Album Title: Through The Vale Of Earthly Torment
Label: Independent Release
Date of Release: 17 June 2022
The opportunity to review a debut album and an independent release is something I always struggle to refuse, and so here I am reviewing ‘Through the Vale Of Earthly Torment’, the first full-length record to see the light of day from Truent, a progressive/technical death metal band hailing from Vancouver, Canada. As you’re no doubt aware, I’ve been developing quite the taste for prog/tech death of late, so this is another tick in the box that made a review of this album a certainty.
To add a little more background context to the review, Truent have been around for a few years now, releasing a couple of EPs in 2017 (‘Faith In The Forgotten’) and 2018 (‘To End An Ancient Way Of Life’). They are a quintet comprised of vocalist and acoustic guitarist John Roodenrys, guitarists Daniel Clark (rhythm) and Matthew Pancoust (lead/rhythm), bassist Spence McIntosh, and drummer Nic Landry. They are also not the first outfit to cite the pandemic as the catalyst for the writing and recording of this venture, expressing the fact that it was a form of escapism for them during difficult times. The result is ‘Through The Vale Of Earthly Torment’, an eight-track 32-minute affair that the band declare as being their most diverse offering to date.
The first thing that I can confirm is that the band members can all play their instruments to a high standard – to play technical death metal, that’s more of an implied expectation rather than hopeful optimism though. Nevertheless, it’s a box that can be ticked accordingly. The second comment to make is that ‘Through The Vale Of Earthly Torment’ is heavily reliant on a core of chunky and groovy riffing, rather than a barrage of impossibly fast but precise instrumentalism. Put another way, this is more of a 44-tonne articulated lorry than a helicopter gunship.
Within the material provided with the promo, there are quotes from the band stating:
“There’s a wide mix of subgenres and sounds we explore throughout the album, often within the same song. We incorporate elements of everything from tech death to thrash metal to metallic hardcore into the records core sound of groove-filled progressive death metal.”
If you listen closely, then Truent are not wrong with their assertions; there are a number of different influences on offer within this half-hour record. But, and here’s my problem with this record, it all sounds a little bit forgettable. In a day and age where the quality within this subgenre is off the scale thanks to the likes of Archspire and so forth, this kind of music needs to really sizzle in order to make a big impression on me. The music on ‘The Vale Of Earthly Torment’ is perfectly well played and there are moments that do stand out. However, I don’t get the rush of excitement listening to this album that I do with others within the genre. Ultimately, the song writing just isn’t consistently strong enough engaging enough to hold my attention and excite me.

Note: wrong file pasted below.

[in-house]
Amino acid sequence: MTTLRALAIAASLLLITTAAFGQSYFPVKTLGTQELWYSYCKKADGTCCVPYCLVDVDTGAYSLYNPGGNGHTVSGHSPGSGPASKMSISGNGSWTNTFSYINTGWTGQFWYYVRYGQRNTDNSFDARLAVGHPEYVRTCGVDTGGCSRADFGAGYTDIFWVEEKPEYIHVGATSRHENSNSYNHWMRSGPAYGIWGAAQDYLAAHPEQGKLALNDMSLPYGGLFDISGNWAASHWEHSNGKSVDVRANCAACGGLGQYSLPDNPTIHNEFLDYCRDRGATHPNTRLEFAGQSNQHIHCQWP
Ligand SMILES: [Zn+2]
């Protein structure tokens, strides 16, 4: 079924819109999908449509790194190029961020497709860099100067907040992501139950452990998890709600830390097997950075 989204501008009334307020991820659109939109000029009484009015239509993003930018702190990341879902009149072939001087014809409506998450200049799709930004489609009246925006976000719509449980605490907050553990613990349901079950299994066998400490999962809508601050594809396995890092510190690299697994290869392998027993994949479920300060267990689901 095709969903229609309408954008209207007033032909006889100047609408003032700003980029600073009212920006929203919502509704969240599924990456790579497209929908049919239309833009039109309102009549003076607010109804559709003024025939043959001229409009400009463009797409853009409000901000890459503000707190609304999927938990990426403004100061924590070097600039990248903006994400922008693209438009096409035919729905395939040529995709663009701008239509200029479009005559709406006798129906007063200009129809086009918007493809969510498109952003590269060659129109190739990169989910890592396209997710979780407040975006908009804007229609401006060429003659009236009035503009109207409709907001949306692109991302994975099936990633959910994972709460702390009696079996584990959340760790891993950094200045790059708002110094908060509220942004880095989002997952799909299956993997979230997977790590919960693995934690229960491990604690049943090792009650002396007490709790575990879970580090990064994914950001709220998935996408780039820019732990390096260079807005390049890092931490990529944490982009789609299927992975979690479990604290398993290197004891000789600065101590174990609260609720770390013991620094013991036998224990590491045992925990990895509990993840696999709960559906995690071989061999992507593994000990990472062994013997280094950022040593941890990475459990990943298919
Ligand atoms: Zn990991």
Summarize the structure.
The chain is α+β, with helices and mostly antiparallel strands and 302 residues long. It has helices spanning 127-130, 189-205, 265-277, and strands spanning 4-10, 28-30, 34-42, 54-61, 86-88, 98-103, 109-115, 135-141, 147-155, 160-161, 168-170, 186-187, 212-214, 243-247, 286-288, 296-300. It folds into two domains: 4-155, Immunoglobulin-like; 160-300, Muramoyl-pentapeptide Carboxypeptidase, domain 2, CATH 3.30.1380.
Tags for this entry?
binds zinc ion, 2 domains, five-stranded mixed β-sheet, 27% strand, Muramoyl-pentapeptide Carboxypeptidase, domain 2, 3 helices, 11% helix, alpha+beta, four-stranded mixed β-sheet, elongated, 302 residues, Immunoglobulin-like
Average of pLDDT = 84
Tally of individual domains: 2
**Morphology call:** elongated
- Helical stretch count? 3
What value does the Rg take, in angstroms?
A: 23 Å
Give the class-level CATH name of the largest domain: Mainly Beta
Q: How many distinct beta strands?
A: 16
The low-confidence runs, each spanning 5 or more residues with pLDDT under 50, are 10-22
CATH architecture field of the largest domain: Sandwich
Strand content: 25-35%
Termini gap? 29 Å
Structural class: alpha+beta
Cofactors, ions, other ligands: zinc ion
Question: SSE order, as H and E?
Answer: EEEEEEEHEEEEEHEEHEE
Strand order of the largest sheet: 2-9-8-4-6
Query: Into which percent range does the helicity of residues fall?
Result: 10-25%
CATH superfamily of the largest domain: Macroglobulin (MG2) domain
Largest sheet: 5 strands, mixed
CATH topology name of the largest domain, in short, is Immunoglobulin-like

There are some high points though, starting with ‘Scathe Of Branches’ which has a Gojira vibe mixed with maybe even an early Soilwork or Darkane accent or two, especially when the music goes a little thrashier and the vocals are slightly cleaner and more of a gritty, soaring nature than the normal guttural growls. Then there’s ‘This Verdant Coil’ which is easily the most memorable of all the songs on the album. It features some cool drumming in the early stages in particular, but it’s the groove and the ensuing melodies woven in that make the greatest impact, topped off with a nice lead guitar sound, that’s akin to an air raid siren in a manner of speaking. Of all of the songs by Truent, this is the one that I remember once the disc has finished playing.
Mind you, the acoustic intro of ‘Blood And Dust’ is short but very sweet, whilst the ensuing four-and-a-bit minutes are arguably the most technical of all the material here, a bit of a problem when it’s also the opening track. It also signals the prevalence of chugging, down-tuned djent-like guitar tones which are used throughout the record, an aspect of the music that I need to be stellar in order to really hit my sweet spot.
I realise that I sound particularly harsh towards Truent, and I guess I am. But I also want the criticism to be as constructive as possible, so that the next release from these guys knocks me sideways. They have the talent and the ability to succeed, so I really hope their sophomore release realises their potential. By that, I mean that I want to hear music that is properly memorable, and which carries more of a unique edge to it. Focus on the songs themselves, improve in that area, and maybe cut out a few of the gratuitous chugs while you’re at it. Nevertheless, I would urge fans of this style of music to take a listen to ‘Through The Vale Of Earthly Torment’ just in case I’m way off the mark here.
The Score of Much Metal: 68%
Check out my other 2022 reviews here:
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